By Dennis Gruending
The religious right in Canada is growing in power and influence but that development appears to be news to many political scientists and pundits. As mentioned in this space last week, I presented a paper on the religious right to a conference at the University of Western Ontario early in May (see http://www.pulpitandpolitics.ca/). In the United States, religious conservatives have been important political actors for the past 30 years and there is a good deal of research and writing about it. We in Canada have paid less attention. In fact, a number of respected academics believe that there is no identifiable religious right in this country, at least not in overtly political terms.
Some researchers argue that religious conservatives in Canada are gentler and less political than their political cousins south of the border. Others contend that religious conservatives spread their vote among political parties and that even if they didnâ€™t, there are not enough of them to make that much of a difference in the voting booth. Political scientist Jonathon Malloy of Carleton University is among those who make that argument. Itâ€™s time to revisit certain of these assumptions. Religious conservatives may account for only a minority of Canadaâ€™s voters and they are distributed among diverse denominations. But groups that are organized and committed can have a significant impact on public life, particularly in an era of fractured parliaments and minority governments. My conclusions are based upon not only upon what I have read, seen or heard but also upon my experience as a candidate in four federal elections and time spent as a Member of Parliament.
The growing influence of the religious right manifests itself in several ways, including religiously driven voting behaviour. A large exit poll taken on Election Day (January 23, 2006) indicated that the vote of evangelical Christians and Catholics who attend church weekly was a decisive factor in the election of a Conservative minority government. One can argue that a poll of that sort is only a snapshot, but there is also longer-term work being done as well. A group of researchers have collaborated in a project called the Canadian Election Study, investigating how people have voted in the past four federal elections. They have found that religious conservatives â€“ evangelicals and increasingly Catholics — have shown an inclination to support the Reform, Alliance and now the Conservative party. One informed journalist in the Parliamentary Press Gallery estimates that at least half of Stephen Harperâ€™s 98-member caucus are religious conservatives.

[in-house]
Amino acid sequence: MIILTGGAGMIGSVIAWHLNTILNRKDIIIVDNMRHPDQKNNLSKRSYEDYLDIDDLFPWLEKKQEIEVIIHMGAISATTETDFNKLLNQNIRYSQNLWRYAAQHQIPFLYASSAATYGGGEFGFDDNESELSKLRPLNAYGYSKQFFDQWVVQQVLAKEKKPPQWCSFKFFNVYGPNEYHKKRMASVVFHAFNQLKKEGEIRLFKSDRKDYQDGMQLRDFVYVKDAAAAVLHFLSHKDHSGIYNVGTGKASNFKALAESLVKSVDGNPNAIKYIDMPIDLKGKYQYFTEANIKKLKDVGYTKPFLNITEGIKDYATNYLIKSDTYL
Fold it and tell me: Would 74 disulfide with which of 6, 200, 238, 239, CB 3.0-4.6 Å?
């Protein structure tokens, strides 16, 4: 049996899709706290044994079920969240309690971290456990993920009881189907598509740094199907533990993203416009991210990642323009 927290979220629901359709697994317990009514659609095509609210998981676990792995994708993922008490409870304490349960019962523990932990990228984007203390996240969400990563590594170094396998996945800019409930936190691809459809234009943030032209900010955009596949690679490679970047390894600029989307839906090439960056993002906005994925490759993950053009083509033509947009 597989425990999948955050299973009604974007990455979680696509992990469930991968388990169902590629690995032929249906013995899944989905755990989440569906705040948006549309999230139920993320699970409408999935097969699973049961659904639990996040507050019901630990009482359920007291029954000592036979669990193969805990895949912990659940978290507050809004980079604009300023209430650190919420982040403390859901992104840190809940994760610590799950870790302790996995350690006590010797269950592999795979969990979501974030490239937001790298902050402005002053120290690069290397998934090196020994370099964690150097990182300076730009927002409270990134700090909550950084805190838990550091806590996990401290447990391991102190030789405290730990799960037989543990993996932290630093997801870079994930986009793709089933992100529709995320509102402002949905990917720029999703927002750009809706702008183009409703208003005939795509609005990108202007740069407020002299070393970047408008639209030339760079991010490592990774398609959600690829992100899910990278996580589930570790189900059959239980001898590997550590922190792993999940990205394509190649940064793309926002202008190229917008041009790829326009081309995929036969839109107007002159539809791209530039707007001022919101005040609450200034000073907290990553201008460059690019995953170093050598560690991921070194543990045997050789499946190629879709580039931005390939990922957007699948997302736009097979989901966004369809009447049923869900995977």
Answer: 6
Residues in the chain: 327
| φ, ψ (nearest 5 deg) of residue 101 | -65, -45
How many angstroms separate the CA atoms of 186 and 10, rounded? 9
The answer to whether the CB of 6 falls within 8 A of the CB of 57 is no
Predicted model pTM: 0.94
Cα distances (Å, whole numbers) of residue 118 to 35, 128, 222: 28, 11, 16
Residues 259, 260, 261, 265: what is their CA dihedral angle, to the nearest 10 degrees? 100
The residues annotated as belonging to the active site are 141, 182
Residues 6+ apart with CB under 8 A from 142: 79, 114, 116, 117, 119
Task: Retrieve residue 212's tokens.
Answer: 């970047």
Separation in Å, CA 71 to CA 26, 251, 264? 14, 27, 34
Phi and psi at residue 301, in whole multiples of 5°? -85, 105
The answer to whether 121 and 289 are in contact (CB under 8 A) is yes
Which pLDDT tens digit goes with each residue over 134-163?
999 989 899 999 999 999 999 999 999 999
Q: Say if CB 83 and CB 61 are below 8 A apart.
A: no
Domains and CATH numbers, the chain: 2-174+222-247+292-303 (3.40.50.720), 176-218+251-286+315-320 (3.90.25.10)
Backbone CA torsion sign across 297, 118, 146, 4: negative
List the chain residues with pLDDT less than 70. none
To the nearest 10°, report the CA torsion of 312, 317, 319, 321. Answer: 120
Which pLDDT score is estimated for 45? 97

A second indicator of mounting influence is the growing cooperation among conservative Christians, particularly in evangelical and Catholic churches, based on a shared agenda anchored in opposition to same-sex marriage, abortion, publicly funded childcare and other social programs. Derek Rogusky heads the socially conservative Ottawa-based Institute of Marriage and the Family Canada. The group has been deeply involved in research, messaging and lobbying on a number of political issues, most notably the same sex marriage legislation. Rogusky says, â€œWeâ€™re seeing a real coalescing of between evangelicals and conservative Catholics. Weâ€™re starting to see them engage in issues much more than they did 10 years ago.â€